Who is our cohort: recruitment, representativeness, baseline risk and retention in the "Watch Me Grow" study?
journal contributionposted on 2022-03-29, 22:45 authored by S Woolfenden, V Eapen, E Axelsson, A Hendry, B Jalaludin, Cheryl DissanayakeCheryl Dissanayake, B Overs, J Descallar, J Eastwood, S Einfeld, N Silove, K Short, D Beasley, R Crncec, E Murphy, K Williams
Background: The "Watch Me Grow" (WMG) study examines the current developmental surveillance system in South West Sydney. This paper describes the establishment of the study birth cohort, including the recruitment processes, representativeness, follow-up and participants' baseline risk for future developmental risk. Methods: Newborn infants and their parents were recruited from two public hospital postnatal wards and through child health nurses during the years 2011-2013. Data was obtained through a detailed participant questionnaire and linked with the participant's electronic medical record (EMR). Representativeness was determined by Chi-square analyses of the available clinical, psychosocial and sociodemographic EMR data, comparing the WMG participants to eligible non-participants. Reasons for non-participation were also elicited. Participant characteristics were examined in six, 12, and 18-month follow-ups. Results: The number of infants recruited totalled 2,025, with 50 % of those approached agreeing to participate. Reasons for parents not participating included: lack of interest, being too busy, having plans to relocate, language barriers, participation in other research projects, and privacy concerns. The WMG cohort was broadly representative of the culturally diverse and socially disadvantaged local population from which it was sampled. Of the original 2025 participants enrolled at birth, participants with PEDS outcome data available at follow-up were: 792 (39 %) at six months, 649 (32 %) at 12 months, and 565 (28 %) at 18 months. Participants with greater psychosocial risk were less likely to have follow-up outcome data. Almost 40 % of infants in the baseline cohort were exposed to at least two risk factors known to be associated with developmental risk. Conclusions: The WMG study birth cohort is a valuable resource for health services due to the inclusion of participants from vulnerable populations, despite there being challenges in being able to actively follow-up this population.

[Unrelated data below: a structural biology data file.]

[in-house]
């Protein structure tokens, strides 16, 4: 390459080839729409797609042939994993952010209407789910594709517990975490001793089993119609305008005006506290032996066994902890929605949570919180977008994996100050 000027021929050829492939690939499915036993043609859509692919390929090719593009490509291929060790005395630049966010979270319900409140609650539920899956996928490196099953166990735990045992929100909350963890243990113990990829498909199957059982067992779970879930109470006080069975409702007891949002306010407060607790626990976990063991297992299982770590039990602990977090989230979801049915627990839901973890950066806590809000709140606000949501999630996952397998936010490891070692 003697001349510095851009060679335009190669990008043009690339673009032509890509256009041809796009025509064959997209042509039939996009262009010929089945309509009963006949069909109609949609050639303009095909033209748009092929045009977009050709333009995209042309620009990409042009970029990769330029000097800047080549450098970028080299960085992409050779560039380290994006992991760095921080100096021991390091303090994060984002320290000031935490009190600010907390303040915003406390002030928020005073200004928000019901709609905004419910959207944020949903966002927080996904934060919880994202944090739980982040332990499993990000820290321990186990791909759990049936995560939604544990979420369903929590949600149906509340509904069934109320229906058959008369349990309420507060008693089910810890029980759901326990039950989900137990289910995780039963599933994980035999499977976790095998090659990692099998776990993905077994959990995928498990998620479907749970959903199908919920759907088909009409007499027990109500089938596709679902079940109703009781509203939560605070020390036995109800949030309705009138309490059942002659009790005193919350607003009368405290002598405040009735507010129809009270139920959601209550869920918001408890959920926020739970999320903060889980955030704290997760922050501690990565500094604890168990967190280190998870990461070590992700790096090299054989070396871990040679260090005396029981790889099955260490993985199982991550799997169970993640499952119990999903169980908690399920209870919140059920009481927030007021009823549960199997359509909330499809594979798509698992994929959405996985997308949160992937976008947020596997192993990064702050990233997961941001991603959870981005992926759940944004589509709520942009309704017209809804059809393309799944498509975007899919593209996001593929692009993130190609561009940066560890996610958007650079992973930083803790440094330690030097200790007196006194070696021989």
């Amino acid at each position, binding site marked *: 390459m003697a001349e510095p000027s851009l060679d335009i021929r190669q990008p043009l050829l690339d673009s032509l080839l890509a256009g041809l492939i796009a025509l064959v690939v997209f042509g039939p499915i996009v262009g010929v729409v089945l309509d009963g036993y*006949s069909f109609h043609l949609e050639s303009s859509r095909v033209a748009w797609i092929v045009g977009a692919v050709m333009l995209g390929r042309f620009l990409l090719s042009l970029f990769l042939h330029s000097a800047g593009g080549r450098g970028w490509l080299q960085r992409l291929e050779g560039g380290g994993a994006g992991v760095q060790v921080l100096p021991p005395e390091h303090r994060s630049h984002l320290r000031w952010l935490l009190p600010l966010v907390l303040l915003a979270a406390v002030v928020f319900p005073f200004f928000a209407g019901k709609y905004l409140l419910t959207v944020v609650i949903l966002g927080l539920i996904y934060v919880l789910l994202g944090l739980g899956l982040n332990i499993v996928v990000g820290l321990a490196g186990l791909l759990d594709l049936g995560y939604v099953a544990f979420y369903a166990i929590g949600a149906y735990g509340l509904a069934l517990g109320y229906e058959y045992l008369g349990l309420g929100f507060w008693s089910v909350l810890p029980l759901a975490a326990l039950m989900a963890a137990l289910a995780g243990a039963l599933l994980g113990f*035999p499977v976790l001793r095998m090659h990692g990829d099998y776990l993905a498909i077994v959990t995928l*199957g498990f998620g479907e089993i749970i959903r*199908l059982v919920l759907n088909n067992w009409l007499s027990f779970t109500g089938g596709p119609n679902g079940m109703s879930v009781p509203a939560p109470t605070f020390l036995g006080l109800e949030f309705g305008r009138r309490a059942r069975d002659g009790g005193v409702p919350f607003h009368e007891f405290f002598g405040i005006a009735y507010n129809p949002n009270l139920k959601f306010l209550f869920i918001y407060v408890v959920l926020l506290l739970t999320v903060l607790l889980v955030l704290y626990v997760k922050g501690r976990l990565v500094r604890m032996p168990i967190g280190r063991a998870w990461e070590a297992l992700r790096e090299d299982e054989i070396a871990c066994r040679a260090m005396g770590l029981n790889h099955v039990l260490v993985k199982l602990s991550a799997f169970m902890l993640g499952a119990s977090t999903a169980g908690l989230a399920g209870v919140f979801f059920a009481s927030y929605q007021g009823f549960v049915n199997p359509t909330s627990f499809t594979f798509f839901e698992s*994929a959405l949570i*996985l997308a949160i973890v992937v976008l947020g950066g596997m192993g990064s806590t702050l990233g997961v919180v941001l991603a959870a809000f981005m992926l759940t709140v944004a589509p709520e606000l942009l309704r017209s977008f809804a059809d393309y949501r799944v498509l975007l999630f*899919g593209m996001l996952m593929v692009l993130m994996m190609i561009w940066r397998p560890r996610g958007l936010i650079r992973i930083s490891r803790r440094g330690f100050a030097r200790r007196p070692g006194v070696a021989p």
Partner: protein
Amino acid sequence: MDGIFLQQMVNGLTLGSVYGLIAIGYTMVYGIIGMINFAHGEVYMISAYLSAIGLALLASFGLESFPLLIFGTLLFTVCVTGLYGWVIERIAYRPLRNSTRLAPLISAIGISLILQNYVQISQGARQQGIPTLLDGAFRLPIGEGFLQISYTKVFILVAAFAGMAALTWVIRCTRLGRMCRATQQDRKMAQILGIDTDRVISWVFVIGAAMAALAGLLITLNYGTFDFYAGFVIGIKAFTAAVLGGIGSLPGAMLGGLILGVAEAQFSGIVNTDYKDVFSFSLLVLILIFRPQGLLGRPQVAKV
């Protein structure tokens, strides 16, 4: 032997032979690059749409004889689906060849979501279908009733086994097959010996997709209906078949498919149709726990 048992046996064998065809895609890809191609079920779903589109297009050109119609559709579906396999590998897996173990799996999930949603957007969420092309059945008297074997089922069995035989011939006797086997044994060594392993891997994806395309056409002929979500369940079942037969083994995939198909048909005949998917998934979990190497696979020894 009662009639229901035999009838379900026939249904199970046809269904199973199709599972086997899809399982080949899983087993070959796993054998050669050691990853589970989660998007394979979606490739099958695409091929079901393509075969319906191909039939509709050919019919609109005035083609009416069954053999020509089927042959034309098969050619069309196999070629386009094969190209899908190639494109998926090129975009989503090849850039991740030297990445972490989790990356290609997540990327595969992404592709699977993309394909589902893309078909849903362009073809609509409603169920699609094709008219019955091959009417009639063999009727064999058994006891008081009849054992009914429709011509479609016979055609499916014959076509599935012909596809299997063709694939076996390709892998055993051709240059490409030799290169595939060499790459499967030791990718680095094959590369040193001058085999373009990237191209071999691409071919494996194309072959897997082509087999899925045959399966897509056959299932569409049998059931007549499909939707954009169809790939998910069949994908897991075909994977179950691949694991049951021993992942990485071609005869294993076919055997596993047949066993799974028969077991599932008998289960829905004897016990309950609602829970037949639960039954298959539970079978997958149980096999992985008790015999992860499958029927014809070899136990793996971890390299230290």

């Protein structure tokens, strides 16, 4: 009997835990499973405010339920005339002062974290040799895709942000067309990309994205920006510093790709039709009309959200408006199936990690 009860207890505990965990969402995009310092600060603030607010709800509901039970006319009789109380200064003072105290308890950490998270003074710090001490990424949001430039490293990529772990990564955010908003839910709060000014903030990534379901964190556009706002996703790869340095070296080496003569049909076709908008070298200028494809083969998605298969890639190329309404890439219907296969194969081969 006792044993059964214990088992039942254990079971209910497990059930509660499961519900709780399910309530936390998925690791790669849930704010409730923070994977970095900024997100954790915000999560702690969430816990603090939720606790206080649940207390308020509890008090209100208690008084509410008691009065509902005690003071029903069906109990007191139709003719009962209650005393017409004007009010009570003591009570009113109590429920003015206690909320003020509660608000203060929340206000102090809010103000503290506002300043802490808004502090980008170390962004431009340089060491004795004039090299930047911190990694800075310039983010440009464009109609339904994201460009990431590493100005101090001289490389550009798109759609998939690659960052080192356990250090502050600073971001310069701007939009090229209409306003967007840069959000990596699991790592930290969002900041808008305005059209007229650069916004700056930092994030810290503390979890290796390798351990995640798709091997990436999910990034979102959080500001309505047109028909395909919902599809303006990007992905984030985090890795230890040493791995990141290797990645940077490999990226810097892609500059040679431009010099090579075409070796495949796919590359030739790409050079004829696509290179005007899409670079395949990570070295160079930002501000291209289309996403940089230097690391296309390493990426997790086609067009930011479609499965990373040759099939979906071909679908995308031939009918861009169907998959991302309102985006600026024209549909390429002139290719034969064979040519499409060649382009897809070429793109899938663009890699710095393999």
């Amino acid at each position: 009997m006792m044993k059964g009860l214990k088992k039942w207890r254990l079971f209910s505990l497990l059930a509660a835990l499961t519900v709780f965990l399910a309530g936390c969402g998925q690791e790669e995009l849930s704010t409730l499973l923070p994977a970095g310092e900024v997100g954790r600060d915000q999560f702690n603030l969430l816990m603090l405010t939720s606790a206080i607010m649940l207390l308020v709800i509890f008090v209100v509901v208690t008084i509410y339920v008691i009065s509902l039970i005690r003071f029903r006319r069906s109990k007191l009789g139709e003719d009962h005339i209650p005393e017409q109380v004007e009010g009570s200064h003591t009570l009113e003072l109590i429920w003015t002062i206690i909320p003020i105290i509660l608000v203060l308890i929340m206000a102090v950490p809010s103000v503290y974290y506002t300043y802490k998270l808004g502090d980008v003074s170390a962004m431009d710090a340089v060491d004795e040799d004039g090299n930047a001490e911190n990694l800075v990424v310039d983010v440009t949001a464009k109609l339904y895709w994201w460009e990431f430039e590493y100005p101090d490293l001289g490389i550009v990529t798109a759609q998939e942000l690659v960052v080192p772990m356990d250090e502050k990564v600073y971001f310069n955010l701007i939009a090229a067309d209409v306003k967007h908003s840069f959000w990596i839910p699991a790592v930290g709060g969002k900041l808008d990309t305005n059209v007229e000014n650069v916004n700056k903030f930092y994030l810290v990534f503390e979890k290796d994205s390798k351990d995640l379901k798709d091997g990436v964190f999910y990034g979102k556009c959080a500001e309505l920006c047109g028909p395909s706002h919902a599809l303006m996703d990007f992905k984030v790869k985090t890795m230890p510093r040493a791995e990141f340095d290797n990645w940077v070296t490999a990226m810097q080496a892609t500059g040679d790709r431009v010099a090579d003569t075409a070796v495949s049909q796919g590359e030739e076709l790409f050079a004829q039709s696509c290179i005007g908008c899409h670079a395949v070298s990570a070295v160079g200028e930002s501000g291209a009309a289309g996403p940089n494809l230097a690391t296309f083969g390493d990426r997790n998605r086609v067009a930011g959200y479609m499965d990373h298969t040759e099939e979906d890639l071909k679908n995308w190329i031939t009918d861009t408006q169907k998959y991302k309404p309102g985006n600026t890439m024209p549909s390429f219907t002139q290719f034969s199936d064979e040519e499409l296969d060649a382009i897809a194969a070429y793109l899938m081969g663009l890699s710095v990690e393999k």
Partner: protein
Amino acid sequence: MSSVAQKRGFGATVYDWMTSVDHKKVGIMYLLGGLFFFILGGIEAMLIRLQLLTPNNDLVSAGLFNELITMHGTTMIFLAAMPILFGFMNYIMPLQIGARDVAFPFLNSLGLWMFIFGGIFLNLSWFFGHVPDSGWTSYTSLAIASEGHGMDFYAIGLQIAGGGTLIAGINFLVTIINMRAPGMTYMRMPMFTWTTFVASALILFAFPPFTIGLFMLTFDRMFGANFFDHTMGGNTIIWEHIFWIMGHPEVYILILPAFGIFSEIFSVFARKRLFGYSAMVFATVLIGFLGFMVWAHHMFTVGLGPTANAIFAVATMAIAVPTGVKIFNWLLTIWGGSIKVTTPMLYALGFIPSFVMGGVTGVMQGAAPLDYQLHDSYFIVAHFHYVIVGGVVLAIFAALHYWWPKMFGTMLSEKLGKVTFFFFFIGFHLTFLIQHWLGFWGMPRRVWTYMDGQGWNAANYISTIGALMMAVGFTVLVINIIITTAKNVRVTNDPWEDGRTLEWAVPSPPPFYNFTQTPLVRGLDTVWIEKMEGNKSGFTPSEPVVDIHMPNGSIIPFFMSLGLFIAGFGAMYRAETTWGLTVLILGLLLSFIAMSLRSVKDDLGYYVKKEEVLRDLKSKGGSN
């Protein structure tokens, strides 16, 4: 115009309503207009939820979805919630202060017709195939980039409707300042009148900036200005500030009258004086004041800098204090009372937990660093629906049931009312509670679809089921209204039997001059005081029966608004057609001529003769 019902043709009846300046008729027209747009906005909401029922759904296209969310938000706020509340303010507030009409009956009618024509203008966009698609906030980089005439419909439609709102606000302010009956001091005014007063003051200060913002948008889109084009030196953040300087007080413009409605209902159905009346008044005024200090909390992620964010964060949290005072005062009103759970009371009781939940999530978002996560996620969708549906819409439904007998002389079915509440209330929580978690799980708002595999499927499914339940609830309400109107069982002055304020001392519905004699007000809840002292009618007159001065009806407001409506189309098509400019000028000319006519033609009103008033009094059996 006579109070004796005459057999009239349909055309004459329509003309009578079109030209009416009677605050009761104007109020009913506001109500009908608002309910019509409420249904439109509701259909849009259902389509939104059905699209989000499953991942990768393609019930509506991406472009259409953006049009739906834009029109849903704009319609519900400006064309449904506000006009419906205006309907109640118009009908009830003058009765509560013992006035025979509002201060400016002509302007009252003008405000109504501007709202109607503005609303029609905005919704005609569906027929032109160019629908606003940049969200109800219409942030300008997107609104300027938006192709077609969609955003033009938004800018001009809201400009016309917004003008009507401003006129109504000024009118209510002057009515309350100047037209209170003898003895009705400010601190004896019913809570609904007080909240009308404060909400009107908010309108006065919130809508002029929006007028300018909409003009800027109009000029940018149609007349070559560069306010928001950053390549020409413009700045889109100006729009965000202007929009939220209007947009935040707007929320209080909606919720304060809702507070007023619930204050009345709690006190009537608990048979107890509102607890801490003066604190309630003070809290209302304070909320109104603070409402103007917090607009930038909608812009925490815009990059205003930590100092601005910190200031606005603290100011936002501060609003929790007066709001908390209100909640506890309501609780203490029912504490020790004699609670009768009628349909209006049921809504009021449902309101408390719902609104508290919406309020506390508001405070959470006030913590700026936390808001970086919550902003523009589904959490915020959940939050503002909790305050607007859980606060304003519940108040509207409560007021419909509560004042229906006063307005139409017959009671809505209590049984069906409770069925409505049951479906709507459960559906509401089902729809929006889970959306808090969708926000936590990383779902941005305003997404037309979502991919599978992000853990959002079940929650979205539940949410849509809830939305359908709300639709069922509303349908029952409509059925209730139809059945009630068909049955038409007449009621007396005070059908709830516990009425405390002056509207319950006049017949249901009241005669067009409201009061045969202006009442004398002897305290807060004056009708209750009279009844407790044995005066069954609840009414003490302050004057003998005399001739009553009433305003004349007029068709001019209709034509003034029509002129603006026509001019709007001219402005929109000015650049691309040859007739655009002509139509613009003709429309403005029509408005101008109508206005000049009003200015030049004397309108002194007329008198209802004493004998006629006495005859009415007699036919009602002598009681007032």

This study (APP 1013690) was funded by the NH&MRC in Australia, through a partnership grant with the New South Wales Department of Health, Kids and Families and in-kind support from University of New South Wales, La Trobe University, South Western Sydney Local Health District and Sydney Children's Hospital Network.
Rights Statement© 2016 Woolfenden et al. Open Access This article is distributed under the terms of the Creative Commons Attribution 4.0 International License (http://creativecommons.org/licenses/by/4.0/), which permits unrestricted use, distribution, and reproduction in any medium, provided you give appropriate credit to the original author(s) and the source, provide a link to the Creative Commons license, and indicate if changes were made. The Creative Commons Public Domain Dedication waiver (http://creativecommons.org/publicdomain/zero/1.0/) applies to the data made available in this article, unless otherwise stated.
Science & TechnologyLife Sciences & BiomedicinePediatricsParticipation biasRecruitmentBirth cohortAUSTRALIAN CHILDRENYOUNG-CHILDRENHEALTH-STATUSBIRTH COHORTCAREPARTICIPATIONPREVALENCEGRADIENTSBARRIERSINFANTSDevelopmental DisabilitiesElectronic Health RecordsFemaleFollow-Up StudiesHumansInfantInfant, NewbornMaleNew South WalesPatient SelectionRefusal to ParticipateRisk FactorsSelection BiasSurveys and Questionnaires“Watch Me Grow” study group